G. BHALACHANDRAN

To many academics, it is puzzling that economics has not, in recent years, attracted keen students in south Indian colleges and universities. One is tempted to contrast this with the situation at University of Delhi where the demand for admission to the B.A.(Honours) course in economics exceeds all other programmes.

The structure and content of Economics curricula need to adjust to the changed situation, catering perceptibly to new requirements. An experiment was started a few years ago at Sri Sathya Sai University (SSSU) Prasanthinilayam, Andhra Pradesh. This might be a model for consideration and discussion by university and academic bodies elsewhere in the south.

In 1990, the Board of Studies at SSSU felt the need to recast the economics curriculum, emphasising quantitative approaches. It recommended a new stream, B.Sc. (Honours) in economics, with mathematics and statistics as combination subjects.

When the postgraduate programme was introduced in 2001, the objectives were clearly set forth: to produce scholars who attain mastery in economic theory and its applications, with a view to equip them to serve in positions of responsibility in government, international bodies, corporate sector, universities and research institutions.

To train students over a period of time, with the goal of producing socially responsible citizens.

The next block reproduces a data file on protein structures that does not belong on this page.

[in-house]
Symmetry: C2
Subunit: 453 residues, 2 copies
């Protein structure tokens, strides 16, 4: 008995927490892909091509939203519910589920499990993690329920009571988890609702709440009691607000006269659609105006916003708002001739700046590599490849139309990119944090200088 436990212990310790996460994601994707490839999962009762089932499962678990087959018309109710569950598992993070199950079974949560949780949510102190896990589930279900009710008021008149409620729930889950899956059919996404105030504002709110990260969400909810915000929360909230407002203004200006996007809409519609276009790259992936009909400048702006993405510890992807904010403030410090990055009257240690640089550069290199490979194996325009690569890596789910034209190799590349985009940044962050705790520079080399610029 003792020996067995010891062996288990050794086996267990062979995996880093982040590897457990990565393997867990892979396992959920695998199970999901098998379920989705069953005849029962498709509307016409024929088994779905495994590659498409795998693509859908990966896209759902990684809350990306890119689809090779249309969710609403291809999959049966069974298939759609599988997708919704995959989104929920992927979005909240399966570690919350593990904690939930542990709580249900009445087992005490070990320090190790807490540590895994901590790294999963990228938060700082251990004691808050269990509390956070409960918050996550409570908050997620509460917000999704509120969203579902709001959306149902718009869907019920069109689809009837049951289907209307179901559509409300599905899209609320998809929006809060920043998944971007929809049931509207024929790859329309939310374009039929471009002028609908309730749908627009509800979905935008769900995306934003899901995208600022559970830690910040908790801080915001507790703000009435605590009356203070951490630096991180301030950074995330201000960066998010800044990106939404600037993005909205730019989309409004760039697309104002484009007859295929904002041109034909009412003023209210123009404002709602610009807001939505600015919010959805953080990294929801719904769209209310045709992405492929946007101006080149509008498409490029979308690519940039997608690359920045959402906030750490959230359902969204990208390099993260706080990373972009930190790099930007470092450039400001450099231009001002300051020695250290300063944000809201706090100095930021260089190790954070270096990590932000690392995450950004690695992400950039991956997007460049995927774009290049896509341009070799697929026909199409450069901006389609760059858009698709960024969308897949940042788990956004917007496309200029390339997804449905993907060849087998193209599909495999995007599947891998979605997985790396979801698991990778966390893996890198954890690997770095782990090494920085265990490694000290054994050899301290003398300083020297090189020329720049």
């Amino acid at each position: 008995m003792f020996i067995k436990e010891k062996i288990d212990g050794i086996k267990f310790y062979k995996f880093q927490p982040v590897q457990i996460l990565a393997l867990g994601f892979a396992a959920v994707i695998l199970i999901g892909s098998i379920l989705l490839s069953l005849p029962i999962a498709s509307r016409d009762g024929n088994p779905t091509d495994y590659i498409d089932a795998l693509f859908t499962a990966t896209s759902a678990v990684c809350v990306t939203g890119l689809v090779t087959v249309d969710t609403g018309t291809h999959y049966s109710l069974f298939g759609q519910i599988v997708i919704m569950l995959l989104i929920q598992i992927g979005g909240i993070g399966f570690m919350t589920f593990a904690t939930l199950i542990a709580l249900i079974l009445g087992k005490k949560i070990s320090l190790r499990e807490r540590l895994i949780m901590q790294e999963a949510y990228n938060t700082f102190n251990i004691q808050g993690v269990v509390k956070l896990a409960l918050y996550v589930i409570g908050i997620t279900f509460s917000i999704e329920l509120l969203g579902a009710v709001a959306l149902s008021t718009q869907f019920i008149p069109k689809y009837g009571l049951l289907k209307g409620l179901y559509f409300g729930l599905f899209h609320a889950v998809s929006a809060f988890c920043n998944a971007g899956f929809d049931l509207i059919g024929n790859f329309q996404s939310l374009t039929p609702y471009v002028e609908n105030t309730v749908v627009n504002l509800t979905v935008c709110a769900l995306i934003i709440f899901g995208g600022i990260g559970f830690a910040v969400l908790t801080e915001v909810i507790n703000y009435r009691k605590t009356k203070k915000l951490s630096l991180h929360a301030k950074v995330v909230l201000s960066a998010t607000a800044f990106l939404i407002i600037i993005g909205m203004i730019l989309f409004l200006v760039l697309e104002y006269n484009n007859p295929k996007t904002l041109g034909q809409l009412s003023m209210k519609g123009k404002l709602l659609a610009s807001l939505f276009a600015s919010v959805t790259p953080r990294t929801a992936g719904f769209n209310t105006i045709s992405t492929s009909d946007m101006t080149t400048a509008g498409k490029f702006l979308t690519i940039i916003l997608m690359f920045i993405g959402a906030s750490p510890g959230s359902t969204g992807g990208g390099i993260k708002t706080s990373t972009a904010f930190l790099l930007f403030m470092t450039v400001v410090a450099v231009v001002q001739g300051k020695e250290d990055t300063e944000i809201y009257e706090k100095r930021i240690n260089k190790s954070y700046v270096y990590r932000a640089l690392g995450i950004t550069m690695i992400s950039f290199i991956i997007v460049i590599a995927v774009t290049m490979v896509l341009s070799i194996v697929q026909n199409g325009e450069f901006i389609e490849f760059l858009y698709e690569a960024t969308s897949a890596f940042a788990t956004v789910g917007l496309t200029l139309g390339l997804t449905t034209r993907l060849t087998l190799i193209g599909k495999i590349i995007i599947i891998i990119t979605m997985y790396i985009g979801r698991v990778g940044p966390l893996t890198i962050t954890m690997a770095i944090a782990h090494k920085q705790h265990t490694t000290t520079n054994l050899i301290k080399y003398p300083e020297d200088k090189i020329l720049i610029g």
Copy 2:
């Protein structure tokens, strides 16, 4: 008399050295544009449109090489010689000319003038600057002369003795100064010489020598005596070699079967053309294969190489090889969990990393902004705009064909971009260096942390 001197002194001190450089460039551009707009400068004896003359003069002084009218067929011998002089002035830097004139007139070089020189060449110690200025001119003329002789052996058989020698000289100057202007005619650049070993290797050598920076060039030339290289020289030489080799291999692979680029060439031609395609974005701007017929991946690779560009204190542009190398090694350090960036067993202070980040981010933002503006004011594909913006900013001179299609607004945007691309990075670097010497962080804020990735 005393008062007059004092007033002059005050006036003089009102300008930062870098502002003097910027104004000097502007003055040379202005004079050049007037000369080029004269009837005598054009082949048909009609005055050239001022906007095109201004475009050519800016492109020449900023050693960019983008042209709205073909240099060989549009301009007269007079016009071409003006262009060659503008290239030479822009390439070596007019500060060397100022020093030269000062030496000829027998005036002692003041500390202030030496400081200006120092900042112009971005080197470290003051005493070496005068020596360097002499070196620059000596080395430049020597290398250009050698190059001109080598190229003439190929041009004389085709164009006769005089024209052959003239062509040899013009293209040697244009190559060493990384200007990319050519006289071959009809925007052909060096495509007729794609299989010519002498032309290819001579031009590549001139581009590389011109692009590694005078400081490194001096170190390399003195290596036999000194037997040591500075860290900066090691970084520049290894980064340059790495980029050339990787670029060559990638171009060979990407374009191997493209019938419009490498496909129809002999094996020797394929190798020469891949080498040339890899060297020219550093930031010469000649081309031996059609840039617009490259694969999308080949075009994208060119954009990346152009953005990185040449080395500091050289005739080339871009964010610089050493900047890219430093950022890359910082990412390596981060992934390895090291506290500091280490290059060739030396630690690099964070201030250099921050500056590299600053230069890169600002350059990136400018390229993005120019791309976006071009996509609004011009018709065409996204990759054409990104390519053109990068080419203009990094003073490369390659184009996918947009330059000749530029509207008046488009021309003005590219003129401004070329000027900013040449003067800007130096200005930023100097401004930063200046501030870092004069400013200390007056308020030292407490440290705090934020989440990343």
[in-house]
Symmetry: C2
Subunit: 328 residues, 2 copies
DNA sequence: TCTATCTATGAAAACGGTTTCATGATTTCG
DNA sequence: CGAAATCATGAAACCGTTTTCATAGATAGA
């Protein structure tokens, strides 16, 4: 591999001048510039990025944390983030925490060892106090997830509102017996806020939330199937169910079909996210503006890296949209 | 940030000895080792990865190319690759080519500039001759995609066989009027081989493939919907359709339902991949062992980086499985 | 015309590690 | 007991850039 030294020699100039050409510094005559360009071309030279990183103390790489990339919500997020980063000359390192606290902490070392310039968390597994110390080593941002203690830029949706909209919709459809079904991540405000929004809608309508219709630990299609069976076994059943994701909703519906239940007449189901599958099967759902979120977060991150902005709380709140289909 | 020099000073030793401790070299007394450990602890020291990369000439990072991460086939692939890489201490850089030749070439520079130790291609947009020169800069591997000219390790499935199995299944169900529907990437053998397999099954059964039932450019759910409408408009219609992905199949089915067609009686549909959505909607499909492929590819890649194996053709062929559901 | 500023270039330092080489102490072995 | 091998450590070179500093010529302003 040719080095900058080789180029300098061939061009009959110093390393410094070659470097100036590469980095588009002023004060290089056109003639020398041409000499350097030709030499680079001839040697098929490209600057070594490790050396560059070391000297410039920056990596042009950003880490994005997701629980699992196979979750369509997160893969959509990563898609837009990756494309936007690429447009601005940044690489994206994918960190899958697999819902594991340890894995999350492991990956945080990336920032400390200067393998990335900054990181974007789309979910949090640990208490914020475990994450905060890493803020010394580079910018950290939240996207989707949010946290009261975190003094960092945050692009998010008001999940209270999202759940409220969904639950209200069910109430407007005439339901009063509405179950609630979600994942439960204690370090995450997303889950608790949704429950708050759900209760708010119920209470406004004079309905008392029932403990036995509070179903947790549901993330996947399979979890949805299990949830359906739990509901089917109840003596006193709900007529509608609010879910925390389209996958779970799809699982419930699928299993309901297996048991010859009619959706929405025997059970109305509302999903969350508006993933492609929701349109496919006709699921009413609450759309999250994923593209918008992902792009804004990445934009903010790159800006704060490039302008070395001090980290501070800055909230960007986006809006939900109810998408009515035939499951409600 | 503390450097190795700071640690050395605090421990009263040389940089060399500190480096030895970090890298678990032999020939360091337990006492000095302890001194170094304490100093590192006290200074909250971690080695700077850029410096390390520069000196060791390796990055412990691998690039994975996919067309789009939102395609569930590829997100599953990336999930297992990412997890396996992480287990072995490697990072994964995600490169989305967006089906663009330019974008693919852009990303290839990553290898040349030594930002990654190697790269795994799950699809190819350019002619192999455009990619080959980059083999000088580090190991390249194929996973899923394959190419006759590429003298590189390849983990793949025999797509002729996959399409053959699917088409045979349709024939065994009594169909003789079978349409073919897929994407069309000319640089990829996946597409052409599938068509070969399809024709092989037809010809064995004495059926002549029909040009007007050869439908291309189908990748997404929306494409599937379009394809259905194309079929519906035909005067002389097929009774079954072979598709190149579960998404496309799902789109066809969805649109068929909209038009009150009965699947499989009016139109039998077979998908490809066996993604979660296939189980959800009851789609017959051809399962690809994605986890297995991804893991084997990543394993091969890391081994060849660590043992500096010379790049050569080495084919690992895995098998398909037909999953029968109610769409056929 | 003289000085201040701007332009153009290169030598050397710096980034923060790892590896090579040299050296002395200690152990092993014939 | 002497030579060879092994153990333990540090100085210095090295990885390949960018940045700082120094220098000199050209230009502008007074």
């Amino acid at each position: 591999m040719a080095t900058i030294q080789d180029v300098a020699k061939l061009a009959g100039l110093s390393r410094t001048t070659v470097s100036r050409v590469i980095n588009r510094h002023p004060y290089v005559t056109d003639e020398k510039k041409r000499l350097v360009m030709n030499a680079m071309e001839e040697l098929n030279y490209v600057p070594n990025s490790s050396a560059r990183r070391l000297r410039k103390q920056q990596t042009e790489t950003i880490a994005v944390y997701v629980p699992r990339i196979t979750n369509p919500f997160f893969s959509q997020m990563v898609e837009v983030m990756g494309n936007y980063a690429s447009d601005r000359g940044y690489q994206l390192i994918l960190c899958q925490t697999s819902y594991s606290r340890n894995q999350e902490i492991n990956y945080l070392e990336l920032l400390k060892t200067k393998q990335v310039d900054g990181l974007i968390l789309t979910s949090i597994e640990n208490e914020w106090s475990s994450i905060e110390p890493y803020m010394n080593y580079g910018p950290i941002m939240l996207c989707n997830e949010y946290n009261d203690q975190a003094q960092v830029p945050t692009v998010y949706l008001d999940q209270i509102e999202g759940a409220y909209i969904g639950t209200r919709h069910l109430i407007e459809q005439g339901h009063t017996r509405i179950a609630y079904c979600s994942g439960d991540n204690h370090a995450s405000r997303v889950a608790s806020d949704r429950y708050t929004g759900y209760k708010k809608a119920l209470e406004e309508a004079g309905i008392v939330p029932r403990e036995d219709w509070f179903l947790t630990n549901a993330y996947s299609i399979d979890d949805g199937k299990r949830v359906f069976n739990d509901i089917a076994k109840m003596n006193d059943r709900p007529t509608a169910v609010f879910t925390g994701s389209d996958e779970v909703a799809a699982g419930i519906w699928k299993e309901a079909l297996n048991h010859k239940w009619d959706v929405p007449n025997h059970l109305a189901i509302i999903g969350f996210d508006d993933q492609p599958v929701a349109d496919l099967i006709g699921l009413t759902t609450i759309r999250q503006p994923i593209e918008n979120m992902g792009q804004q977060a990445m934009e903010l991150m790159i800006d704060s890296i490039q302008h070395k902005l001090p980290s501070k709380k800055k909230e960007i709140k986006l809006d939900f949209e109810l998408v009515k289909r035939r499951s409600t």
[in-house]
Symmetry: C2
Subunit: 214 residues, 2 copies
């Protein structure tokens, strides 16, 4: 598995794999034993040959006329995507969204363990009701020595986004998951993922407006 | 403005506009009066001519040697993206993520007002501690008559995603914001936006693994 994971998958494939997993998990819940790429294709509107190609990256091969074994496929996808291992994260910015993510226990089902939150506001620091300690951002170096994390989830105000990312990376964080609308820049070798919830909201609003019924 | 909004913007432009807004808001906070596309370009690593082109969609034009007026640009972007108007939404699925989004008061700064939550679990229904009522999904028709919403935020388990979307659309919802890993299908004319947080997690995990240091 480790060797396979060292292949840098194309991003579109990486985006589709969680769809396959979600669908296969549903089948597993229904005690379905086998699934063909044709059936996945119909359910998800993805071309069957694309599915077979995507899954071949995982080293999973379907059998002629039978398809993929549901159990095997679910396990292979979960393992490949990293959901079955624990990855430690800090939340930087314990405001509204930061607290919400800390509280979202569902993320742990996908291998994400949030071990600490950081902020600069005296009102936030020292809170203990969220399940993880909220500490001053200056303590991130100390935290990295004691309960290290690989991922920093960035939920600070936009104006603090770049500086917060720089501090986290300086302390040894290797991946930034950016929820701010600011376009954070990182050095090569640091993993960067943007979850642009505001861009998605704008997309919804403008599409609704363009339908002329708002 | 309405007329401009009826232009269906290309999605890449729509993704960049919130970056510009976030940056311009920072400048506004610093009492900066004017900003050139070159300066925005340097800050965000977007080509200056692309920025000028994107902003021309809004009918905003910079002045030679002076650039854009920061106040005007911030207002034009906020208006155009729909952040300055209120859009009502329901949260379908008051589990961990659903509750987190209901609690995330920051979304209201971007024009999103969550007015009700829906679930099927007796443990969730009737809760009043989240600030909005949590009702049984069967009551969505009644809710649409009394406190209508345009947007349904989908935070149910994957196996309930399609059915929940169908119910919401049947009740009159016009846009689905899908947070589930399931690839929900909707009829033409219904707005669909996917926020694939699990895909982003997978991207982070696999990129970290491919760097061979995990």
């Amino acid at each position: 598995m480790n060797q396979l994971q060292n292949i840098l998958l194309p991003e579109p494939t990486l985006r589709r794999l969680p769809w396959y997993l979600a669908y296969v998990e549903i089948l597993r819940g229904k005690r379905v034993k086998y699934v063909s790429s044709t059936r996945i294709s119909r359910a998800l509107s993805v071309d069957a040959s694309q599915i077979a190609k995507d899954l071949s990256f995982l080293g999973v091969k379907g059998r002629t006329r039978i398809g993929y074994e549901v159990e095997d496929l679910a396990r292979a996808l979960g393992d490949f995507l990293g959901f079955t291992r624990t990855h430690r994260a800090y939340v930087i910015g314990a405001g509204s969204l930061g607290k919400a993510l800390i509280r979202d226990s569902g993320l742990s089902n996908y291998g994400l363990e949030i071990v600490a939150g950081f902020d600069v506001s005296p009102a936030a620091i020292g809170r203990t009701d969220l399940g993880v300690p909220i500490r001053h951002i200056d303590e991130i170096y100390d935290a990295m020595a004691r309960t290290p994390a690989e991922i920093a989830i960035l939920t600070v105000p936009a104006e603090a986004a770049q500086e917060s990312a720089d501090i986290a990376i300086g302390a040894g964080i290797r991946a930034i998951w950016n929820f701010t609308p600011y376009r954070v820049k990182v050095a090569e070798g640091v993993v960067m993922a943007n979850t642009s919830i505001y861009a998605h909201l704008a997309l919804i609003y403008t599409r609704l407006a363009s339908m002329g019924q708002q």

Moreover, the curricula designed are such that more flexibility gets built-in for upgrade and improvement. To be precise, the courses offered at the postgraduate level fall into ‘core’ courses and ‘electives’. The core courses are intended to provide training in economic theory, contemporary applied economic problems including finance, public economics and quantitative methodology.

Electives or optional courses enable advanced training in the branches of their choice.

The variety of such courses offered ranges from Applied Econometrics to Forecasting Methods for Business and Economics, Economics of Education and Health, Energy economics, etc. In most of the courses the Indian Economy is kept in clear focus.

The fine element of this design is to strike a balance between rigorous training to acquire computer software and large-scale database management skills; promoting deep understanding of theories; providing a wider view of Economics as a social science.

The curriculum design incorporates subjects such as ‘Ethics, Economy and Society’.

The SSSU has created its own learning management system (called ‘e-guru’) to support all the departments. Another facet is that each student has to choose a topic of contemporary relevance for his dissertation, which is compulsory, and scheduled in the fourth semester.

The author is Reader in Economics, Sri Sathya Sai University, Vidyagiri, Prasanthinilayam

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